The 2015 Pacific Northwest BI Summit is taking place in Grants Pass, Ore., this weekend. The annual event brings together a small group of consultants and vendors to discuss key trends and issues related to business intelligence, analytics and data management. One of the participants is Claudia Imhoff, president of consultancy Intelligent Solutions Inc. and founder of the Boulder BI Brain Trust. At this year's conference, Imhoff will lead a discussion on increasing the adoption of BI and analytics applications in companies. That topic is similar to one she spoke about in a video interview with SearchBusinessAnalytics at the 2014 summit: creating a more data-driven organization through the use of higher-level predictive and prescriptive analytics techniques.
In the interview, Imhoff said that basic descriptive analytics -- for example, straightforward reporting on revenue, profits and other key performance indicators -- is the most prevalent form of BI. But it's also "the least valuable of all the analytics that companies can perform," she noted. The next step up is diagnostic analytics, which addresses why something has happened but is "still reactive," according to Imhoff.
On the other hand, she said, companies can use predictive analytics tools to look toward the future -- by, say, identifying prospective customers who are likely to be receptive to particular marketing campaigns. And prescriptive analytics software can be applied to answer what-if questions in order to help optimize business strategies and assess whether predicted business outcomes are worth pursuing.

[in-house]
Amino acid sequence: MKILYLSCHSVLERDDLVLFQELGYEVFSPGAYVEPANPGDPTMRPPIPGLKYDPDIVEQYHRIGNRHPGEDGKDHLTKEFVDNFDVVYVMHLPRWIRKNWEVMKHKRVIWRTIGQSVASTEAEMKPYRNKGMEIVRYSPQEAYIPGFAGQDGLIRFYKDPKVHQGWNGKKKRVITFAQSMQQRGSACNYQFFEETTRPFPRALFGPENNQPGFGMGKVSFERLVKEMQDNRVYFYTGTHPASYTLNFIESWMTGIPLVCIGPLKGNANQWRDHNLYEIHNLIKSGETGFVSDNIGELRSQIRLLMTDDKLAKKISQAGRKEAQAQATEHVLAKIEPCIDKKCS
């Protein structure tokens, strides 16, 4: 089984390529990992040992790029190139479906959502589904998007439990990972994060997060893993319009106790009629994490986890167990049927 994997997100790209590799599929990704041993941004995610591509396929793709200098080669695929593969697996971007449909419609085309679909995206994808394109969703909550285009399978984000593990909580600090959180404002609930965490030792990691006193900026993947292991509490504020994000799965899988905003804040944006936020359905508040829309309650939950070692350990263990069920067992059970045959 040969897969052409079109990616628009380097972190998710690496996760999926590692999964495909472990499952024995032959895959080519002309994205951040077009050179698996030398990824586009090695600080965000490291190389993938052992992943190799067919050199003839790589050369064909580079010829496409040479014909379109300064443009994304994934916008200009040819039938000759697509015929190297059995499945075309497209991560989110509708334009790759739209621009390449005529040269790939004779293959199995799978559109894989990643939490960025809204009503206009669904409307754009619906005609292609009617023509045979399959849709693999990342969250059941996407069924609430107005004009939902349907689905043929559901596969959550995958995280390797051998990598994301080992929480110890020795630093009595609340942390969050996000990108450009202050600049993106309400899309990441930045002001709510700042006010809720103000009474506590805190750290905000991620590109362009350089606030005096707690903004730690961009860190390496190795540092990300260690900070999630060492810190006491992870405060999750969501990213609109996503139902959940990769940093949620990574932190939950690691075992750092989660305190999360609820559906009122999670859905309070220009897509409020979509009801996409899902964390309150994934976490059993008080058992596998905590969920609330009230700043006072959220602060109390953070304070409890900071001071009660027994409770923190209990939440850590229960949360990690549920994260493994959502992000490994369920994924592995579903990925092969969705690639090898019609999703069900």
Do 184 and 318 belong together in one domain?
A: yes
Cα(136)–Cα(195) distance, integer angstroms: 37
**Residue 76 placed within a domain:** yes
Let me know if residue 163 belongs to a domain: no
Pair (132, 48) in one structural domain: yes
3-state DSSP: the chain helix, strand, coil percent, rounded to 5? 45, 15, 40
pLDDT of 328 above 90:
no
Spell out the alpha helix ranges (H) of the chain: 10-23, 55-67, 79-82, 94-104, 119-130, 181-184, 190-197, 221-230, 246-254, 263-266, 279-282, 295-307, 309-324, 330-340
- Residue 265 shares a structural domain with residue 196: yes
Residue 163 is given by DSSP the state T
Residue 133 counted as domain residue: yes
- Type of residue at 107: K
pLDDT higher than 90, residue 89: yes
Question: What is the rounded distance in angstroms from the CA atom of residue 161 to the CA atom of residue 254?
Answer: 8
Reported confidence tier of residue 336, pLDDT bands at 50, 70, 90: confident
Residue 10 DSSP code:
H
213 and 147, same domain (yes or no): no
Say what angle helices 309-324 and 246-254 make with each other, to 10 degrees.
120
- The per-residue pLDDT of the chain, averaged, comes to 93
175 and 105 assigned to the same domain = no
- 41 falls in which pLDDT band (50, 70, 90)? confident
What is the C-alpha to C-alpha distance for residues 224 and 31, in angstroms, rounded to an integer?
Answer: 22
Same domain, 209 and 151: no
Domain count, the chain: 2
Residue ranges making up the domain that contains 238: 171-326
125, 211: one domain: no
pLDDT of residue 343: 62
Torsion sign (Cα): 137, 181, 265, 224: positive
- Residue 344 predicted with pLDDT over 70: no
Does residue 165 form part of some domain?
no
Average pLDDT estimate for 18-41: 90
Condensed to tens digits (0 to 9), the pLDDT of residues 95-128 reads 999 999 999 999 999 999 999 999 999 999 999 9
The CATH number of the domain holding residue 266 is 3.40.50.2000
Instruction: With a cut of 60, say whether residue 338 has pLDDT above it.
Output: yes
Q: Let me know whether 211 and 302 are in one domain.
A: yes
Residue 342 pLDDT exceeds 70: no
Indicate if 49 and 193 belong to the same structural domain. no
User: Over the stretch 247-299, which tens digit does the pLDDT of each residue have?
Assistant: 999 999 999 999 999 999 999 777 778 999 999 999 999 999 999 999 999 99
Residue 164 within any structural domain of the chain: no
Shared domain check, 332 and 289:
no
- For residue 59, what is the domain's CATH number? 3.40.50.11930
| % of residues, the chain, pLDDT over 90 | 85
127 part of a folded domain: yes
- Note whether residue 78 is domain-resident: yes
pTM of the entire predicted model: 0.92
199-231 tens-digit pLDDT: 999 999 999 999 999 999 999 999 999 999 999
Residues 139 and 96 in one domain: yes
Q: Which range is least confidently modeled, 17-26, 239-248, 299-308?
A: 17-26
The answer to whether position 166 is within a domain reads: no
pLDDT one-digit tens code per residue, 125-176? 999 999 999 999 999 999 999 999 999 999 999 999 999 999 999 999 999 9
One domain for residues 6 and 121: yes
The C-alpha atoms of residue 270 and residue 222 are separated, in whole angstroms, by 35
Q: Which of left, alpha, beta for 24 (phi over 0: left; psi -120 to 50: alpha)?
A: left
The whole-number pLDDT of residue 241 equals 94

There are a number of issues that hold companies back from adopting more advanced analytics techniques, Imhoff said. One is a lack of internal education about the potential business benefits of effective analytics processes: "We need to start building this culture in our organizations that understands the need for analytics." Another issue she cited is a lack of analytical prowess resulting from the ongoing shortage of data scientists and other skilled analytics professionals. And an age-old but still common problem, she said, is "putting the cart before the horse" on technology purchases and ending up with analytics systems and tools that aren't a good fit for an organization's business needs.
Imhoff said BI, analytics and IT managers also need to understand that data warehouses aren't the only valid repositories of analytics data anymore, especially for storing the massive amounts of data being captured from sensors, social networks and other new data sources. To support big data analytics applications, she espoused an extended data warehouse architecture that combines a traditional enterprise data warehouse with technologies such as Hadoop clusters and NoSQL database systems. She sees well-designed data visualizations as another must for fostering a data-driven organization, especially in big data environments: "We're talking about massive numbers of data points, and you can't just 'blat' that out on a screen."
Watch the nine-minute video to hear more of what Imhoff had to say about the different types of analytics and how organizations can incorporate more data-driven decision making into their business operations.